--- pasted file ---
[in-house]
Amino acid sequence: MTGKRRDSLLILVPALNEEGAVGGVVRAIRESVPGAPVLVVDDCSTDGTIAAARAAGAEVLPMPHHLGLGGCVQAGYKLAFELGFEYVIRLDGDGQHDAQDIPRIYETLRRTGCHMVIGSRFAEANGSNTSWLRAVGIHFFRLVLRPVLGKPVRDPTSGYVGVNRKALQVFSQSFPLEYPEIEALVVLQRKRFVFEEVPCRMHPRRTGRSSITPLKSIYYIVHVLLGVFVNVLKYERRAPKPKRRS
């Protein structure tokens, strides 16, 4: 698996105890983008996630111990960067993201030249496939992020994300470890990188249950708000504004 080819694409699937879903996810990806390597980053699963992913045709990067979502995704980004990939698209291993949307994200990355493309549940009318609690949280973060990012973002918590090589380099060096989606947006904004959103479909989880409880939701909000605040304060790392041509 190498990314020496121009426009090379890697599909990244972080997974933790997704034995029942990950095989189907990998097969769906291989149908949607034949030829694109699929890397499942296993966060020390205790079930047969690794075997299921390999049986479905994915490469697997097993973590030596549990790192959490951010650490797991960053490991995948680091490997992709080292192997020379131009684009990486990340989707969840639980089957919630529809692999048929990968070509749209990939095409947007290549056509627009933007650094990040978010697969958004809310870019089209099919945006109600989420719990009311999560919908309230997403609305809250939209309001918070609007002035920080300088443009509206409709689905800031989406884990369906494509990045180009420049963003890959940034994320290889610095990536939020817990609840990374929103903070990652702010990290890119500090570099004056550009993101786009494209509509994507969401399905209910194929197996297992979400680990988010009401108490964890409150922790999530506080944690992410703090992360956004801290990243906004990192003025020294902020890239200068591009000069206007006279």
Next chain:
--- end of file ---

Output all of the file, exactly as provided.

[in-house]
Amino acid sequence: MTGKRRDSLLILVPALNEEGAVGGVVRAIRESVPGAPVLVVDDCSTDGTIAAARAAGAEVLPMPHHLGLGGCVQAGYKLAFELGFEYVIRLDGDGQHDAQDIPRIYETLRRTGCHMVIGSRFAEANGSNTSWLRAVGIHFFRLVLRPVLGKPVRDPTSGYVGVNRKALQVFSQSFPLEYPEIEALVVLQRKRFVFEEVPCRMHPRRTGRSSITPLKSIYYIVHVLLGVFVNVLKYERRAPKPKRRS
């Protein structure tokens, strides 16, 4: 698996105890983008996630111990960067993201030249496939992020994300470890990188249950708000504004 080819694409699937879903996810990806390597980053699963992913045709990067979502995704980004990939698209291993949307994200990355493309549940009318609690949280973060990012973002918590090589380099060096989606947006904004959103479909989880409880939701909000605040304060790392041509 190498990314020496121009426009090379890697599909990244972080997974933790997704034995029942990950095989189907990998097969769906291989149908949607034949030829694109699929890397499942296993966060020390205790079930047969690794075997299921390999049986479905994915490469697997097993973590030596549990790192959490951010650490797991960053490991995948680091490997992709080292192997020379131009684009990486990340989707969840639980089957919630529809692999048929990968070509749209990939095409947007290549056509627009933007650094990040978010697969958004809310870019089209099919945006109600989420719990009311999560919908309230997403609305809250939209309001918070609007002035920080300088443009509206409709689905800031989406884990369906494509990045180009420049963003890959940034994320290889610095990536939020817990609840990374929103903070990652702010990290890119500090570099004056550009993101786009494209509509994507969401399905209910194929197996297992979400680990988010009401108490964890409150922790999530506080944690992410703090992360956004801290990243906004990192003025020294902020890239200068591009000069206007006279």
Next chain: